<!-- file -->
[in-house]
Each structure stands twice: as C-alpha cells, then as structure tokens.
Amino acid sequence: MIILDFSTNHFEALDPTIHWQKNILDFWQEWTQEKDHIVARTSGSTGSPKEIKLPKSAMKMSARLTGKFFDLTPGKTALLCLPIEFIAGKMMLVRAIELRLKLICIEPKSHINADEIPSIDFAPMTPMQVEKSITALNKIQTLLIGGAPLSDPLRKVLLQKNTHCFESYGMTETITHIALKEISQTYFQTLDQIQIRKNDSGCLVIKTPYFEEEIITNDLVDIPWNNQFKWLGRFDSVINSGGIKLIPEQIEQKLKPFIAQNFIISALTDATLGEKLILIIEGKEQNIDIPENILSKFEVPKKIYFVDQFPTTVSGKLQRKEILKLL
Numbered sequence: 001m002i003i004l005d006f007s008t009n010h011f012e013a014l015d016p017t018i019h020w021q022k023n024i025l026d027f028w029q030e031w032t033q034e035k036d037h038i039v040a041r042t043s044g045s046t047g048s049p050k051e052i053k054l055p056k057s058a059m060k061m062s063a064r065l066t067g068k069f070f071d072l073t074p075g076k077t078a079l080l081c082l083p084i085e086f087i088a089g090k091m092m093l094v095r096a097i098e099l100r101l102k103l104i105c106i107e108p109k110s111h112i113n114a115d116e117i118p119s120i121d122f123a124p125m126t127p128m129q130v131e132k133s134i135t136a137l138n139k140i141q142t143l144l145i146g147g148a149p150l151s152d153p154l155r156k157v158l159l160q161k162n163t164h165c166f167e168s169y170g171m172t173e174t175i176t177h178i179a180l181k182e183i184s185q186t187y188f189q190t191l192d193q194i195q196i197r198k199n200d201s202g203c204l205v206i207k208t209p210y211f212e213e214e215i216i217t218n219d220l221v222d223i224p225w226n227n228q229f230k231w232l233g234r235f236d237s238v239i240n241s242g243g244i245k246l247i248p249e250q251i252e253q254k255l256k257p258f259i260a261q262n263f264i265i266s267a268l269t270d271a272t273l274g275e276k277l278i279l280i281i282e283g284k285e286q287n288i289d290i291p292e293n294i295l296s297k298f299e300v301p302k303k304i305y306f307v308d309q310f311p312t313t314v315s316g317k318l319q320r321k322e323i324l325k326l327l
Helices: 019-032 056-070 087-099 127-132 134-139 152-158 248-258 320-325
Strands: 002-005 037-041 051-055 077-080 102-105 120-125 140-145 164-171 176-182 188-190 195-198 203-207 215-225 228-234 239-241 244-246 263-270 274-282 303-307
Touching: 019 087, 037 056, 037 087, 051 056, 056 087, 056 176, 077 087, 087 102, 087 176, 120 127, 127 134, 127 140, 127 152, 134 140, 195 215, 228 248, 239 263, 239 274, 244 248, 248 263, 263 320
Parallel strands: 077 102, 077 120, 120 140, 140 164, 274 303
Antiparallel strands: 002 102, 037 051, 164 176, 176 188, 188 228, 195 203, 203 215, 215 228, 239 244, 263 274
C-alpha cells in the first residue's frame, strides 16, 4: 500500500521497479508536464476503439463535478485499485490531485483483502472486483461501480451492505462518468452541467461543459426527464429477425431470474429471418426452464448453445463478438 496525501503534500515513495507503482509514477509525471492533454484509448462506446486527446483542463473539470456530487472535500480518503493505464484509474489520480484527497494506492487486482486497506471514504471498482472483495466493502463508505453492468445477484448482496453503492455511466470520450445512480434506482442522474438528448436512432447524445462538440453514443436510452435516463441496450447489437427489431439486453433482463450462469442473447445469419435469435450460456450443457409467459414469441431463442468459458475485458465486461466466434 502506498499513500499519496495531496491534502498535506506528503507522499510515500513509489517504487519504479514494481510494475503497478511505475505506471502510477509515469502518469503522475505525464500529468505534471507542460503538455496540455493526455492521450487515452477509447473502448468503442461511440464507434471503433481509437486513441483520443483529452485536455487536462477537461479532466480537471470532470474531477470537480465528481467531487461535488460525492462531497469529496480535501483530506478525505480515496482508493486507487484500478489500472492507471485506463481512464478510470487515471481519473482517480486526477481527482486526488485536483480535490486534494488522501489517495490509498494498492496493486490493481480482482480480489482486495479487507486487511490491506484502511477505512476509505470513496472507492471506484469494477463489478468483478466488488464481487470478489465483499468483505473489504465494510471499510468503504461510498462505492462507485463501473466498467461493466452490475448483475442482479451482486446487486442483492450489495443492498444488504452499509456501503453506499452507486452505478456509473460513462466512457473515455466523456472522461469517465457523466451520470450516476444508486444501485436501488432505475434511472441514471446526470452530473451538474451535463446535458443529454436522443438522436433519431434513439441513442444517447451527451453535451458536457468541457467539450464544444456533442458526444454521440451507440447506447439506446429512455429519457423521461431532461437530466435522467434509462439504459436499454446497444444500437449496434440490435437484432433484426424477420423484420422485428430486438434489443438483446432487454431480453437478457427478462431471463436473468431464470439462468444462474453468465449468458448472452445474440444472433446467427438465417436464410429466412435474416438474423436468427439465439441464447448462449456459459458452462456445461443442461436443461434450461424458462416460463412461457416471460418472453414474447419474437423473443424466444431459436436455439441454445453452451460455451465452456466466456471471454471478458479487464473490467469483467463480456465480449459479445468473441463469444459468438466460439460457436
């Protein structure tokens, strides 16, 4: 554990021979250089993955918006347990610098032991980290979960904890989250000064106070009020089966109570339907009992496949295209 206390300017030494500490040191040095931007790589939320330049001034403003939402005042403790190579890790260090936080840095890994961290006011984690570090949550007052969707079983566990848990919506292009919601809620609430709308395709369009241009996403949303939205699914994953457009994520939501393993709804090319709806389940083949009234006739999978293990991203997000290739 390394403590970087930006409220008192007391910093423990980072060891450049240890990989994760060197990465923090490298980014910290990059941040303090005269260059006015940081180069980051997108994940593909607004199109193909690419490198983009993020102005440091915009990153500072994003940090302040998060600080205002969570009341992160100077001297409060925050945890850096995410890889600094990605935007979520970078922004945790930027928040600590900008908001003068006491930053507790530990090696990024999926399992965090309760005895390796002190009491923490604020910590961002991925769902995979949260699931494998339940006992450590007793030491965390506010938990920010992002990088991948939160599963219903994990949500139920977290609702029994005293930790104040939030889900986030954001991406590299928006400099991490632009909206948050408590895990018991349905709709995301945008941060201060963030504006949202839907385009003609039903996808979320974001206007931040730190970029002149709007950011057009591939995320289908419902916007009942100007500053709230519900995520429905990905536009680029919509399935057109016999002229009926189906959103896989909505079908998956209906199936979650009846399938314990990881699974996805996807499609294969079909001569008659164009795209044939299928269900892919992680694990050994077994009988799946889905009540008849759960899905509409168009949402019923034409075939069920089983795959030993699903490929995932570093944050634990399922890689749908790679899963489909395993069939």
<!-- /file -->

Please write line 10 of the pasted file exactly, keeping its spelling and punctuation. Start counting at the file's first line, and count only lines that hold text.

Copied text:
C-alpha cells in the first residue's frame, strides 16, 4: 500500500521497479508536464476503439463535478485499485490531485483483502472486483461501480451492505462518468452541467461543459426527464429477425431470474429471418426452464448453445463478438 496525501503534500515513495507503482509514477509525471492533454484509448462506446486527446483542463473539470456530487472535500480518503493505464484509474489520480484527497494506492487486482486497506471514504471498482472483495466493502463508505453492468445477484448482496453503492455511466470520450445512480434506482442522474438528448436512432447524445462538440453514443436510452435516463441496450447489437427489431439486453433482463450462469442473447445469419435469435450460456450443457409467459414469441431463442468459458475485458465486461466466434 502506498499513500499519496495531496491534502498535506506528503507522499510515500513509489517504487519504479514494481510494475503497478511505475505506471502510477509515469502518469503522475505525464500529468505534471507542460503538455496540455493526455492521450487515452477509447473502448468503442461511440464507434471503433481509437486513441483520443483529452485536455487536462477537461479532466480537471470532470474531477470537480465528481467531487461535488460525492462531497469529496480535501483530506478525505480515496482508493486507487484500478489500472492507471485506463481512464478510470487515471481519473482517480486526477481527482486526488485536483480535490486534494488522501489517495490509498494498492496493486490493481480482482480480489482486495479487507486487511490491506484502511477505512476509505470513496472507492471506484469494477463489478468483478466488488464481487470478489465483499468483505473489504465494510471499510468503504461510498462505492462507485463501473466498467461493466452490475448483475442482479451482486446487486442483492450489495443492498444488504452499509456501503453506499452507486452505478456509473460513462466512457473515455466523456472522461469517465457523466451520470450516476444508486444501485436501488432505475434511472441514471446526470452530473451538474451535463446535458443529454436522443438522436433519431434513439441513442444517447451527451453535451458536457468541457467539450464544444456533442458526444454521440451507440447506447439506446429512455429519457423521461431532461437530466435522467434509462439504459436499454446497444444500437449496434440490435437484432433484426424477420423484420422485428430486438434489443438483446432487454431480453437478457427478462431471463436473468431464470439462468444462474453468465449468458448472452445474440444472433446467427438465417436464410429466412435474416438474423436468427439465439441464447448462449456459459458452462456445461443442461436443461434450461424458462416460463412461457416471460418472453414474447419474437423473443424466444431459436436455439441454445453452451460455451465452456466466456471471454471478458479487464473490467469483467463480456465480449459479445468473441463469444459468438466460439460457436